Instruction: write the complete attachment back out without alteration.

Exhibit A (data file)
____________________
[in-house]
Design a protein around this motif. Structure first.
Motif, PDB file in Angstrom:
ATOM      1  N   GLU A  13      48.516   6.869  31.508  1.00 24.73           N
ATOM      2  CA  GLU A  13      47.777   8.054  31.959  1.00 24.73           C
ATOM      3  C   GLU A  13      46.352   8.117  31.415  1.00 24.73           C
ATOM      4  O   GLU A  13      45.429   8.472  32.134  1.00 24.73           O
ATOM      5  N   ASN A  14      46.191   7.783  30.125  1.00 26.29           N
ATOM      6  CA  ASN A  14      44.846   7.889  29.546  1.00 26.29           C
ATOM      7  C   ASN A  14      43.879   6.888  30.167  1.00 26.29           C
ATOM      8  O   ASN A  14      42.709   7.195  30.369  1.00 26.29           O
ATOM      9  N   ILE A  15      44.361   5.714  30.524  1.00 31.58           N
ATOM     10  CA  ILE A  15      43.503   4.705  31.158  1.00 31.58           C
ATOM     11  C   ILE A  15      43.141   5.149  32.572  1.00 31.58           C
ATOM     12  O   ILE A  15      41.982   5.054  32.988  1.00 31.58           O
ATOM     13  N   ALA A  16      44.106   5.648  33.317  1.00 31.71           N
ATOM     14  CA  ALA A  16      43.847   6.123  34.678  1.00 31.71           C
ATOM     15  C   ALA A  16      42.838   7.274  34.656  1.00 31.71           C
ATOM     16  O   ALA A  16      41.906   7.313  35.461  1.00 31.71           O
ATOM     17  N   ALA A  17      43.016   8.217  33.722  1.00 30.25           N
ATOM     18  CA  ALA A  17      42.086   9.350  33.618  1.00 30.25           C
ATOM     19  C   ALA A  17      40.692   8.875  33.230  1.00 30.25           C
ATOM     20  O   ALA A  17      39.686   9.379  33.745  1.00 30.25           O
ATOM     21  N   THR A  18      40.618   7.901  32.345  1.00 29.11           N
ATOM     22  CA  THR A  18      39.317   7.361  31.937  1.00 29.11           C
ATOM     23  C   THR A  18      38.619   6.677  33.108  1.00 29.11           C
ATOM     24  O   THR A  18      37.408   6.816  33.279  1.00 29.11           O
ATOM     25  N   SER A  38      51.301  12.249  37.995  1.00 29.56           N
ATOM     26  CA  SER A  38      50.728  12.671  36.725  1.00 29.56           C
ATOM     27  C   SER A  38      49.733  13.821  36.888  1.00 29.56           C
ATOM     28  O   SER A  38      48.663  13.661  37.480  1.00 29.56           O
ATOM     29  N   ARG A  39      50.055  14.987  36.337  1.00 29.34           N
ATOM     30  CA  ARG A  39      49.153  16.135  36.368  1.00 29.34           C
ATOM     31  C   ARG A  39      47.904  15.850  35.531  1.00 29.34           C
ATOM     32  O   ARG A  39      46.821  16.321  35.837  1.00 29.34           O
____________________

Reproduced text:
[in-house]
Design a protein around this motif. Structure first.
Motif, PDB file in Angstrom:
ATOM      1  N   GLU A  13      48.516   6.869  31.508  1.00 24.73           N
ATOM      2  CA  GLU A  13      47.777   8.054  31.959  1.00 24.73           C
ATOM      3  C   GLU A  13      46.352   8.117  31.415  1.00 24.73           C
ATOM      4  O   GLU A  13      45.429   8.472  32.134  1.00 24.73           O
ATOM      5  N   ASN A  14      46.191   7.783  30.125  1.00 26.29           N
ATOM      6  CA  ASN A  14      44.846   7.889  29.546  1.00 26.29           C
ATOM      7  C   ASN A  14      43.879   6.888  30.167  1.00 26.29           C
ATOM      8  O   ASN A  14      42.709   7.195  30.369  1.00 26.29           O
ATOM      9  N   ILE A  15      44.361   5.714  30.524  1.00 31.58           N
ATOM     10  CA  ILE A  15      43.503   4.705  31.158  1.00 31.58           C
ATOM     11  C   ILE A  15      43.141   5.149  32.572  1.00 31.58           C
ATOM     12  O   ILE A  15      41.982   5.054  32.988  1.00 31.58           O
ATOM     13  N   ALA A  16      44.106   5.648  33.317  1.00 31.71           N
ATOM     14  CA  ALA A  16      43.847   6.123  34.678  1.00 31.71           C
ATOM     15  C   ALA A  16      42.838   7.274  34.656  1.00 31.71           C
ATOM     16  O   ALA A  16      41.906   7.313  35.461  1.00 31.71           O
ATOM     17  N   ALA A  17      43.016   8.217  33.722  1.00 30.25           N
ATOM     18  CA  ALA A  17      42.086   9.350  33.618  1.00 30.25           C
ATOM     19  C   ALA A  17      40.692   8.875  33.230  1.00 30.25           C
ATOM     20  O   ALA A  17      39.686   9.379  33.745  1.00 30.25           O
ATOM     21  N   THR A  18      40.618   7.901  32.345  1.00 29.11           N
ATOM     22  CA  THR A  18      39.317   7.361  31.937  1.00 29.11           C
ATOM     23  C   THR A  18      38.619   6.677  33.108  1.00 29.11           C
ATOM     24  O   THR A  18      37.408   6.816  33.279  1.00 29.11           O
ATOM     25  N   SER A  38      51.301  12.249  37.995  1.00 29.56           N
ATOM     26  CA  SER A  38      50.728  12.671  36.725  1.00 29.56           C
ATOM     27  C   SER A  38      49.733  13.821  36.888  1.00 29.56           C
ATOM     28  O   SER A  38      48.663  13.661  37.480  1.00 29.56           O
ATOM     29  N   ARG A  39      50.055  14.987  36.337  1.00 29.34           N
ATOM     30  CA  ARG A  39      49.153  16.135  36.368  1.00 29.34           C
ATOM     31  C   ARG A  39      47.904  15.850  35.531  1.00 29.34           C
ATOM     32  O   ARG A  39      46.821  16.321  35.837  1.00 29.34           O